Raphael da Urbino

Plato and Aristotle on Art by Chris Hall

Raphael da Urbino,  The School of Athens  (detail showing Plato and Aristotle), 1509 - 1511

Raphael da Urbino, The School of Athens (detail showing Plato and Aristotle), 1509 - 1511

Plato is not a big fan of art, and his works, particularly The Republic, are rife with complaints against it.  Plato thought all art was an imperfect imitation of nature, and that our perceptions of nature (remember that we are in Plato's cave, viewing the shadows of what is real on the wall) was already skewed and imperfect.  This makes art twice removed from perfection.  He did respect, however, the power art has in shaping people's thoughts and feelings, but he takes this respect to a dark place when he suggests that art should be regulated and censored by the wisest members of society, a ruling class of Philosopher Kings.  And what if these “wisest members of society” become corrupt?  And who decides who is the “wisest.”  Plato is in dangerous territory, and I can not follow him there.  I may distrust the masses, but I distrust the government and authority figures even more.  

Now, let's contrast Plato's perception of art with that of his student, the liberal Aristotle.  Aristotle thought art had the power to improve upon nature.  Aristotle also admired art's ability to persuade.  He thinks that art has the ability to convey universal truths, and that it can help us better understand our purpose and predicament.  If performed masterfully, Aristotle thought art could be a tool useful for inspiring people, for enlightening them on the consequences of foolish behavior, and that it could foster moral growth and the improvement of society.   No where in his writings does Aristotle promote censorship. 

Like Plato, I do believe that the wrong kind of art can be harmful for society, just as good art can be a benefit.   Because of the fallibility and subjectivity of human nature and aesthetic tastes, however, I can not ever support censorship.  And when used by the state, censorship can be an abusive tool for repression of political and personal freedom.  For these reasons, I will follow Aristotle's approach.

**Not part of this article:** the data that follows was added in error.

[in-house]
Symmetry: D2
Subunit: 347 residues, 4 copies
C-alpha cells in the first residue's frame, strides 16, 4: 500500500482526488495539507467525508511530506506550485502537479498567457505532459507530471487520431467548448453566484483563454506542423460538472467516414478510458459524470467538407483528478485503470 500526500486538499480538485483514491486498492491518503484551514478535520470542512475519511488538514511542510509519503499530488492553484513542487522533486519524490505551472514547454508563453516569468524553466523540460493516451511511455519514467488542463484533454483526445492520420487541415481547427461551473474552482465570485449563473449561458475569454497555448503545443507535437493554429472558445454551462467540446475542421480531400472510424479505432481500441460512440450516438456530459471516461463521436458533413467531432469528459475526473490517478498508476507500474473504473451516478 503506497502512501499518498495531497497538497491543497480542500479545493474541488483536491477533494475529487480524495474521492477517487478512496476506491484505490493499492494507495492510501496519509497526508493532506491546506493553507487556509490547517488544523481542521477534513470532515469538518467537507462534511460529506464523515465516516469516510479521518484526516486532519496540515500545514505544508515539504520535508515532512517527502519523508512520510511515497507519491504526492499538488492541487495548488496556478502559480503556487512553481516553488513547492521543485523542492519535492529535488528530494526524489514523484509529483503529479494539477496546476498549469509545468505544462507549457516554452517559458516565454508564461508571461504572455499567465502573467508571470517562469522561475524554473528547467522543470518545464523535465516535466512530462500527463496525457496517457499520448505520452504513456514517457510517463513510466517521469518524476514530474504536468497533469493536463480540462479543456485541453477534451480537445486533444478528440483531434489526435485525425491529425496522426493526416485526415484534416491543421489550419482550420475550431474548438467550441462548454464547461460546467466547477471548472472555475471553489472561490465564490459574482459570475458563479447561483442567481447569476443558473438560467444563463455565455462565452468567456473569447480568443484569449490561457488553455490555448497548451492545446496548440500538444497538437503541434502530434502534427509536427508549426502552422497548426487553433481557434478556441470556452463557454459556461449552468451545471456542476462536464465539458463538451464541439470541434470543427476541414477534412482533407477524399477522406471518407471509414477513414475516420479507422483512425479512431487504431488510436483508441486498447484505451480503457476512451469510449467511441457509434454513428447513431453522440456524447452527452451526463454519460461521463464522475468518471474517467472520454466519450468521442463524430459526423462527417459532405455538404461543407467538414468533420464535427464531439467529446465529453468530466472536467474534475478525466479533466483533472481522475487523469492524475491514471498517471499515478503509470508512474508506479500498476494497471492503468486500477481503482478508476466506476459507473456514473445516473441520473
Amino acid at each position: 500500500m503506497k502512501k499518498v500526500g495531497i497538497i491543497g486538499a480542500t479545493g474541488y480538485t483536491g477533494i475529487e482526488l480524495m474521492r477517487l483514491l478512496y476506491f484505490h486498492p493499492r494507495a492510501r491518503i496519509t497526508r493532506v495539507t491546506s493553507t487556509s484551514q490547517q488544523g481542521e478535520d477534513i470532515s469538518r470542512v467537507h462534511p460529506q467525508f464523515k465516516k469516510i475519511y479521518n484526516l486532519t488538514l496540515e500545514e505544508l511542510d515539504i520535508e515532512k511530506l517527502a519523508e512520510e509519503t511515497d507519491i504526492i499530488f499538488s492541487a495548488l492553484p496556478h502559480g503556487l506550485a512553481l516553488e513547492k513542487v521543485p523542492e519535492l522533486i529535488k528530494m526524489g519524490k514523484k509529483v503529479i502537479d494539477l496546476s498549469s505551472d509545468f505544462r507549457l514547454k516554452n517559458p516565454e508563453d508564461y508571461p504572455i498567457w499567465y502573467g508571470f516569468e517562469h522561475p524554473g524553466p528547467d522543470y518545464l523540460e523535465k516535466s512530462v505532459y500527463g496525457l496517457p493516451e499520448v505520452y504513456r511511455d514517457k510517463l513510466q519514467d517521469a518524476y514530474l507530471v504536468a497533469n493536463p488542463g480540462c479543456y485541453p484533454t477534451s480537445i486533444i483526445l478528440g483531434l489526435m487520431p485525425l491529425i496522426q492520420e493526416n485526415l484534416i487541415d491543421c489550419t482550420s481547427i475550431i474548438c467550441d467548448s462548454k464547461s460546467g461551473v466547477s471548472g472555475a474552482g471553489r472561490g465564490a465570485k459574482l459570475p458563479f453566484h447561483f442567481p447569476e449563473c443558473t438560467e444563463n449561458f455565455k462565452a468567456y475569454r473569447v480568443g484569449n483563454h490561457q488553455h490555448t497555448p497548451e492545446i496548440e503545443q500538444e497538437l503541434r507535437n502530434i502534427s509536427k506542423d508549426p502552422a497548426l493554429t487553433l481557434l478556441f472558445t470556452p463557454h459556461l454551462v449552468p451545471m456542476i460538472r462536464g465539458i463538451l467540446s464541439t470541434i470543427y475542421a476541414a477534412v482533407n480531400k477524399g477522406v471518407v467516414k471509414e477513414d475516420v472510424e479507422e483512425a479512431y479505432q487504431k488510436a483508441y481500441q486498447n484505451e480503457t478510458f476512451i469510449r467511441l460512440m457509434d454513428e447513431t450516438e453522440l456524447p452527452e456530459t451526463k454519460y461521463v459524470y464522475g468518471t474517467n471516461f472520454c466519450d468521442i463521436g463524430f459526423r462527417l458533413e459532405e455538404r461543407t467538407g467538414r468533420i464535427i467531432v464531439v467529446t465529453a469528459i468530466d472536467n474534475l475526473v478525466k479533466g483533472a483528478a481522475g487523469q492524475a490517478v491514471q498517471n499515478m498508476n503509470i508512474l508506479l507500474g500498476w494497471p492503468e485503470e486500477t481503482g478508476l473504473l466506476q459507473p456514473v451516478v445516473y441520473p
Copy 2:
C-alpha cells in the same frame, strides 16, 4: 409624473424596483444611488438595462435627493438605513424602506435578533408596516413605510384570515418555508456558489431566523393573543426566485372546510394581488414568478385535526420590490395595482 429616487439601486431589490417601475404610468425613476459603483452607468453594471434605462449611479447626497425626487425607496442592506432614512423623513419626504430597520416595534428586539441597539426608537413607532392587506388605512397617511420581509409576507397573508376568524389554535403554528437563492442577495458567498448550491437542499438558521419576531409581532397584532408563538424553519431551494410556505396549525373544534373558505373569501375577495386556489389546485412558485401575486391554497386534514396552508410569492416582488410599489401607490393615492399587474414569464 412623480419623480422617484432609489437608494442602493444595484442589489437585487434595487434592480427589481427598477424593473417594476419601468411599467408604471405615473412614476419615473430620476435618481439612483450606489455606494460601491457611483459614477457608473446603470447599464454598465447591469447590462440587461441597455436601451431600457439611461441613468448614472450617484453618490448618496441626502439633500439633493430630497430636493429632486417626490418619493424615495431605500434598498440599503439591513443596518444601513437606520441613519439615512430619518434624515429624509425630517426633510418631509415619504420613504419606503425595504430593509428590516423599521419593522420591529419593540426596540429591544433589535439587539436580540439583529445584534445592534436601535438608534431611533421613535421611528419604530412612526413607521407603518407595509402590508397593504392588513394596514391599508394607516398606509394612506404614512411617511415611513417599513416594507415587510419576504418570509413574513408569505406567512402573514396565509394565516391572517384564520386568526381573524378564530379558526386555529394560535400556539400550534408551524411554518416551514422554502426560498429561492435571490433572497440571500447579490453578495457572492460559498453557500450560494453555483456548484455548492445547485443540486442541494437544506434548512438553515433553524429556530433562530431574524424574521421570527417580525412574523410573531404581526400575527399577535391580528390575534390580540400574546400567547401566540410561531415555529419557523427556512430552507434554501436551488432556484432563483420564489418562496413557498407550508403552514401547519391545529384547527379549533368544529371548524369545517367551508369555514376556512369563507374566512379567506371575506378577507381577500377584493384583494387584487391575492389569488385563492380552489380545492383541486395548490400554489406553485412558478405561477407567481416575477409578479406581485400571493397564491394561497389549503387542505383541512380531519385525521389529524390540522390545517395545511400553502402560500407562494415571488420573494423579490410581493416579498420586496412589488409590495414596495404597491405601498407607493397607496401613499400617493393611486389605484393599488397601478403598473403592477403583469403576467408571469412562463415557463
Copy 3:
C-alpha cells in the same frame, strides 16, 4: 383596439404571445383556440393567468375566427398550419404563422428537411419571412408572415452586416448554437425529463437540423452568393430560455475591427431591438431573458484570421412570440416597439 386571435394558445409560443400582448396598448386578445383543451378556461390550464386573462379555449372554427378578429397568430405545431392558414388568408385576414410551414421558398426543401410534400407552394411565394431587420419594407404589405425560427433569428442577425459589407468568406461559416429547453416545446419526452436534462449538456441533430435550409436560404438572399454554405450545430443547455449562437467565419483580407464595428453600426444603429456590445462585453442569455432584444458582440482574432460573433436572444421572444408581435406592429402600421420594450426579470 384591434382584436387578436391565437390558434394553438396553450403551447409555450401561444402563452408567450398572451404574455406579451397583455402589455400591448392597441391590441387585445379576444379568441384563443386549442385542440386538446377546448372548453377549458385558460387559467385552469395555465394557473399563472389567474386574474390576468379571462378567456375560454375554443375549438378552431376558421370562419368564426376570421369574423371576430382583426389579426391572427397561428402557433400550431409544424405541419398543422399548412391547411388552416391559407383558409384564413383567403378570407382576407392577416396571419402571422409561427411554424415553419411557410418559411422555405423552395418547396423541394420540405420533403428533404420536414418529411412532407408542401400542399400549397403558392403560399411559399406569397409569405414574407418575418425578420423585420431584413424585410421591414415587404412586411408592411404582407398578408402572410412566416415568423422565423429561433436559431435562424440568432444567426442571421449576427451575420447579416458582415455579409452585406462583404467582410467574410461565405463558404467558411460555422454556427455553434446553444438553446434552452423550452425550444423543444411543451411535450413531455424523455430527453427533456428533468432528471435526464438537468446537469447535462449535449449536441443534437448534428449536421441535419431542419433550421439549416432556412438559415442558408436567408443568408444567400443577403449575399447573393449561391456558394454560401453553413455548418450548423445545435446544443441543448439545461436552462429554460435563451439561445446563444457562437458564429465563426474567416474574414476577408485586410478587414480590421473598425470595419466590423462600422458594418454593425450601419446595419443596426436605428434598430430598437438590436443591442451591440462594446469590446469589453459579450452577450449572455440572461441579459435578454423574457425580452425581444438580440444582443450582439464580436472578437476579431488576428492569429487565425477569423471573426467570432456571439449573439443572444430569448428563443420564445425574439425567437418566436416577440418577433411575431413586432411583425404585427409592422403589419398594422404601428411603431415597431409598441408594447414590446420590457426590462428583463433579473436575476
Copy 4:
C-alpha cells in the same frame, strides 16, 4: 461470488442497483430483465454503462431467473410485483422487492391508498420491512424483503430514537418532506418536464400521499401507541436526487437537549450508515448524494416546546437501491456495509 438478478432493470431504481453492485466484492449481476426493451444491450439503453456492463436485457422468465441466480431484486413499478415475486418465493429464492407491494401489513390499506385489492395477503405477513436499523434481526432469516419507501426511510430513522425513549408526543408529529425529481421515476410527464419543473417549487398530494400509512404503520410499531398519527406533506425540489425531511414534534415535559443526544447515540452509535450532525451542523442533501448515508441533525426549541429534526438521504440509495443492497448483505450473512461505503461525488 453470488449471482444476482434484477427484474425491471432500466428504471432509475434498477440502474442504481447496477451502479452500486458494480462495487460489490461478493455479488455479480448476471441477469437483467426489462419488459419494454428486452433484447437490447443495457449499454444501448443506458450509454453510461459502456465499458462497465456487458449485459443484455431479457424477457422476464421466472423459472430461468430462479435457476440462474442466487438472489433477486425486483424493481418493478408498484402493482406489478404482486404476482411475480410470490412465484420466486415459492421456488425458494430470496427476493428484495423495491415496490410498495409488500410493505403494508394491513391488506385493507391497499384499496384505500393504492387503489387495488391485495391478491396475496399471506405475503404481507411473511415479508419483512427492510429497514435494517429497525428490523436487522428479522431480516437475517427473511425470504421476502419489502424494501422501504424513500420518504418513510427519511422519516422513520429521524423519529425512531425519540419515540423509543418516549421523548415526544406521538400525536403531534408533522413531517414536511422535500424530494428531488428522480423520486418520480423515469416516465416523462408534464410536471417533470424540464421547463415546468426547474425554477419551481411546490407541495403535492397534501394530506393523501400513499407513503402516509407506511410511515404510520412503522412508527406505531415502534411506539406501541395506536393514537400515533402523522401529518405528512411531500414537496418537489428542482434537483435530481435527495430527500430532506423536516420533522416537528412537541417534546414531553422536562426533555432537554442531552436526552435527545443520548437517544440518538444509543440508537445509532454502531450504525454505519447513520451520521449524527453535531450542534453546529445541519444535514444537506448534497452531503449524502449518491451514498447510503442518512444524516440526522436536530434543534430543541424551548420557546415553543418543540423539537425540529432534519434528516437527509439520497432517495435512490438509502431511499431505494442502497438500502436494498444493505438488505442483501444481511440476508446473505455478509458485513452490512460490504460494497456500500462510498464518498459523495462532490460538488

Michelangelo "The Hangman" Buonarroti by Chris Hall

Michelangelo Buonarroti, Self-Portrait

Raphael called him "The Hangman" for his temperament and solitary nature.  Michelangelo “The Hangman” Buonarroti produced some extraordinary work, of which I am sure many of are already familiar . . . these are some details from the Sistine Chapel, depicting scenes from the Bible as well as Christ at the Last Judgment.  I was once fortunate enough to have the opportunity to see the work in person.  I wish I could say that it was an ecstatic moment, but I was immersed in a sea of humanity, all of us blindly bumping into each other and stepping on each other’s toes, for having to look up to the distant ceiling in order to see the work.  But it wasn’t a complete let down; I still got a real sense of the scale and could appreciate the magnitude of Michelangelo’s accomplishment.  By the way, "The Hangman" had a grim sense of humor.  The flayed skin of St. Bartholomew, seen below in the Last Judgment, is a self-portrait.  Also, King Minos the Demon Judge of the Damned, also shown below, is a portrait of Biagio da Cesena, the church official who started a campaign to censor Michelangelo's work for its nudity.  When Cesena complained to the Pope about him being portrayed as a demon, the Pope responded that his "jurisdiction did not extend to hell, so the portrait would have to remain." 

Click on the images to enlarge.